Even though there are some moments when you may be dirty, smelly, or uncomfortable, I would wholeheartedly recommend volunteering as a means to travel! I learned so much and met so many interesting people during my time volunteering abroad. And I use what I learned about food production when I teach my students here in the USA. My network of interesting people visits me occasionally, and vice versa. Not only is it free and fun, you get to learn about a community, meet locals, and make a positive contribution to the place you are visiting. Look at the website helpx.net to get started, and you will see there are thousands of opportunities in so many different countries.

Teaching English in Southern Spain

From Japan to Spain

I remember huddling for warmth under a mountain of blankets in my frigid apartment during the winter of Japan, wondering how I was going to escape the cold. It was my second year in Fukui, Japan teaching English at a junior high school with the JET Program, which is a government-run initiative that employs native English speakers in public schools all over Japan.

At first, getting up early to scrape the snow off my car was exciting for me as a southern California girl who had never really experienced weather. But soon I was eager to go somewhere warmer and try out a different culture, so I started doing some research on where to go next.

Thanks to a suggestion from a friend of a friend on Facebook, I found a similar program called “North American Language and Culture Assistants in Spain,” which places native English speakers in public schools. Unlike Japan, however, where they pay for your flight and help you organize your life when you arrive, participants in the Spanish program are responsible for finding their own housing, getting a bank account and phone, and organizing their own transportation. The JET Program is a full-time job with a yearly salary. In Spain, most participants make 700 euros a month for working just 12 hours a week, which gave me plenty of free time in the afternoon and on 3-day weekends to teach private classes for extra money, pursue my hobbies, and travel.  

I cherished this free time, and I noticed that most of my friends with full time jobs don’t have as much time to pursue other interests. During my 2 years in Spain, my hobbies – sports, music, Spanish – were equally as important as my work at the school, and I developed my skills and abilities.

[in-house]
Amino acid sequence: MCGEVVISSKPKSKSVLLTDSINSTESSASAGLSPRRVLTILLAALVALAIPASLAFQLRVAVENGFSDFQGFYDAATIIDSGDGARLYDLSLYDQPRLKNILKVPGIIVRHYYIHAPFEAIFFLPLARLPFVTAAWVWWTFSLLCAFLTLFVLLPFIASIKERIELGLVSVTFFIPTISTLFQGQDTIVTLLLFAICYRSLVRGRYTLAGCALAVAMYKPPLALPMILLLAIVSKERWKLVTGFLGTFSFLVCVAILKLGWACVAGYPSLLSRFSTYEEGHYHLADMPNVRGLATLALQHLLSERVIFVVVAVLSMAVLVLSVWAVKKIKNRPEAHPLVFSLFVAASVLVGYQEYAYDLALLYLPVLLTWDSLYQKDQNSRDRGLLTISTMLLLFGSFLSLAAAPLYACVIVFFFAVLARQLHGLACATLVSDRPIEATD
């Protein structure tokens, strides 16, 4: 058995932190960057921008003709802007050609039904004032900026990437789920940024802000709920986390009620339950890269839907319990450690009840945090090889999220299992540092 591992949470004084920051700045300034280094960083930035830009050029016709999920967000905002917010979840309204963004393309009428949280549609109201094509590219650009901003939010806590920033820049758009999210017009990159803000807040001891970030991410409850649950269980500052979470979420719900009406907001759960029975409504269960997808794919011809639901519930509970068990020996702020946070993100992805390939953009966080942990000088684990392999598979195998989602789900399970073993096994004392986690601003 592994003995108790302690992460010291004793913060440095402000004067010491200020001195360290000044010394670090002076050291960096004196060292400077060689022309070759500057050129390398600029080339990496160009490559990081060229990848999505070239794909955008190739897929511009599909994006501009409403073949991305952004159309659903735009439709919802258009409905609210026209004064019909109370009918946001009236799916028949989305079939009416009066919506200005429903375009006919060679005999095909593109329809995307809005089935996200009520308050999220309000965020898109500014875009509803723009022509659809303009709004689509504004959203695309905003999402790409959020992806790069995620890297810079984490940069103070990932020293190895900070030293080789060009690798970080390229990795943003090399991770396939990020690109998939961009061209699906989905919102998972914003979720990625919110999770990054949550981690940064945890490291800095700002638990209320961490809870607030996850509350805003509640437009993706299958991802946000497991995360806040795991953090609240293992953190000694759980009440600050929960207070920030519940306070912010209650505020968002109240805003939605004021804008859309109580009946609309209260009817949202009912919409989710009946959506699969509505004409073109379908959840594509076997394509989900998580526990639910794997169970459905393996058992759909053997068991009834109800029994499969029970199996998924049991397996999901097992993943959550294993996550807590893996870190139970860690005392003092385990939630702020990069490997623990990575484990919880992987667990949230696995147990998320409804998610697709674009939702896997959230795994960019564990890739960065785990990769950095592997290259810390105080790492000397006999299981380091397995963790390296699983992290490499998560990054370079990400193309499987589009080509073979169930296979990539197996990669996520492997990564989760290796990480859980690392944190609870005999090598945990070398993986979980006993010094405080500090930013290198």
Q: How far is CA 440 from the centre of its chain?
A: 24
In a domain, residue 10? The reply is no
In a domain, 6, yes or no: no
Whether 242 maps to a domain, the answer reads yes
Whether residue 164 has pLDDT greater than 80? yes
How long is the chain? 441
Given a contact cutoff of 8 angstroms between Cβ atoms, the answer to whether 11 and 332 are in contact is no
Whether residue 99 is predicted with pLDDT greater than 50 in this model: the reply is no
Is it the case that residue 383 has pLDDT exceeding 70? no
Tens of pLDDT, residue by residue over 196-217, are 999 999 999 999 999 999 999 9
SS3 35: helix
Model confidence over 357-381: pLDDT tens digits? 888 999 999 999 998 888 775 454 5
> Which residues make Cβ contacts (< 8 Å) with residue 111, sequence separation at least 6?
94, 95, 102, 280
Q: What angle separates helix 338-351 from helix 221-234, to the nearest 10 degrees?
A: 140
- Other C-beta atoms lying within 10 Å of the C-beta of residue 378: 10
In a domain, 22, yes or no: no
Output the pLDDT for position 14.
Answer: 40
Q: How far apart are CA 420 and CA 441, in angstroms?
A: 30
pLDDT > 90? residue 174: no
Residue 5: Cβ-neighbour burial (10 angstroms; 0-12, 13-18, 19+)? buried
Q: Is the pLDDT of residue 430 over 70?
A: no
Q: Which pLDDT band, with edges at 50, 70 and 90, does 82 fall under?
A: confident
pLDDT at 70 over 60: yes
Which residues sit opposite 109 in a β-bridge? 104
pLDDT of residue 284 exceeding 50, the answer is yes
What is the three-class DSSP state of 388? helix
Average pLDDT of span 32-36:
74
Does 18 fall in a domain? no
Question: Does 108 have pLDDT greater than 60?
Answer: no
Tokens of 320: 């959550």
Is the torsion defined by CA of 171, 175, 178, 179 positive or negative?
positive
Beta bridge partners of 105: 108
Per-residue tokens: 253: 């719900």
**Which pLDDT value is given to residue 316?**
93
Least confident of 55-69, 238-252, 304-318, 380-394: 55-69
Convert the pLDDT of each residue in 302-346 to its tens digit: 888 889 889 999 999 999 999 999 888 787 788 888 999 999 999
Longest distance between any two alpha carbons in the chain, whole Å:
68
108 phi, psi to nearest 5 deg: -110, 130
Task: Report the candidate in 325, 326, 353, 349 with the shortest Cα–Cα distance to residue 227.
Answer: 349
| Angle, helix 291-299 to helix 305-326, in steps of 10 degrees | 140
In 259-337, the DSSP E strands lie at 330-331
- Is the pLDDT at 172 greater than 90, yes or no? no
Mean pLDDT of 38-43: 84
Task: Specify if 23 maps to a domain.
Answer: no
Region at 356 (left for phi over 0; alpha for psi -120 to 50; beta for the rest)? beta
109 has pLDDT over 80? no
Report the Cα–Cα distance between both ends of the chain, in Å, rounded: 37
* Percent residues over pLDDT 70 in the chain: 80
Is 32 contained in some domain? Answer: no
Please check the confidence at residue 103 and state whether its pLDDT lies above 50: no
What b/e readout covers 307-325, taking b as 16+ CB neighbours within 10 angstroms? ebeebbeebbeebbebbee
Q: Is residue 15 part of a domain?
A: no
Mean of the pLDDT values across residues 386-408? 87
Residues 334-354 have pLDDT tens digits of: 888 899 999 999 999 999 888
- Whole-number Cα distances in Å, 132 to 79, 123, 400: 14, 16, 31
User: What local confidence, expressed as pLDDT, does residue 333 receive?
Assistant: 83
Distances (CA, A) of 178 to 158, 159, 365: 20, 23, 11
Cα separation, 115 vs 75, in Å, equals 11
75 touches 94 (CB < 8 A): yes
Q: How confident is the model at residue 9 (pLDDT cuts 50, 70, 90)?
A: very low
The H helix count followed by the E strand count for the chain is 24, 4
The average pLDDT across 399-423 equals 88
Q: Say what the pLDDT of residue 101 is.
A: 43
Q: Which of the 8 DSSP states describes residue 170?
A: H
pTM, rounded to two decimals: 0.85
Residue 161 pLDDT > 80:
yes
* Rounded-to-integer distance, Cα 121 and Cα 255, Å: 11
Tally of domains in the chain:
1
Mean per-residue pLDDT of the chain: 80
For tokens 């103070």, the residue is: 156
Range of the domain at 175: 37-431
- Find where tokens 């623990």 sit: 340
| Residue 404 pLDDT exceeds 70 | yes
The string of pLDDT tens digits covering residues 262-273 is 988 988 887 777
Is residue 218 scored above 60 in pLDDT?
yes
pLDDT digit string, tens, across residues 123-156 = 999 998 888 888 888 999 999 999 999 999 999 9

At times I felt desperately lonely. I would ask myself, “What am I doing here away from all my friends and family?” I felt this intense burden that I was alone, and I couldn’t make friends easily. But the feeling passed, and I continued to learn and flourish. I would force myself to go salsa dancing alone and meet new people. Even though it was terrifying at first I never regretted those times I forced myself to do something alone.

My first year I lived in Almendralejo, a town in the autonomous community of Extremadura which borders Portugal, famous for wine and jamón (ham). With a population of 30,000, Almendralejo is not at all a tourist destination. To escape the flat and dry landscape I would often visit Seville on weekends – they had an ultimate frisbee team who I practiced with – which was only an hour and a half away by bus.

I taught at two high schools and one elementary school in Villafranca de los Barres and Hornachos, which were even smaller towns. I bummed rides from my Spanish coworkers to get from Almendralejo to my workplaces, and the 30 minute journey was a good chance to practice my Spanish. At first I was shy and sometimes sat in the car without saying anything. 

Even though I consider myself an extremely extraverted person, somehow the language barrier diminished my outgoingness. A challenge I faced throughout my 3 years in Spain was how to overcome shyness and fear of speaking Spanish with locals. I had a few rare interactions where Spaniards made fun of me for a mistake I made, and I took it personally when I should have just laughed it off.

Almendralejo was small and oftentimes I found myself excruciatingly bored (no ultimate frisbee or salsa dancing there!) I was forced to find ways to fill up my copious free time. I memorized all the streets and walked all around that dry little town. To combat boredom I learned how to juggle, lifted weights at a local gym, went to a dance studio for zumba classes, and studied Spanish.

Luckily I became close friends with the 10 other English teachers living there, which was detrimental for my Spanish acquisition but good for my spirits. I lived with Margrit, a vegetarian yogi from New York who regularly practiced meditation, and Fede, a Spanish university student. You can read more about my first year in Spain here

After a solo Christmas vacation to Andalucía, I decided I wanted to live in Málaga. When I reapplied to the program in February I requested my application to be transferred to Málaga. Thankfully everything went smoothly, and I moved there the next summer!

Sunsets in Málaga were spectacular.

My Life in Málaga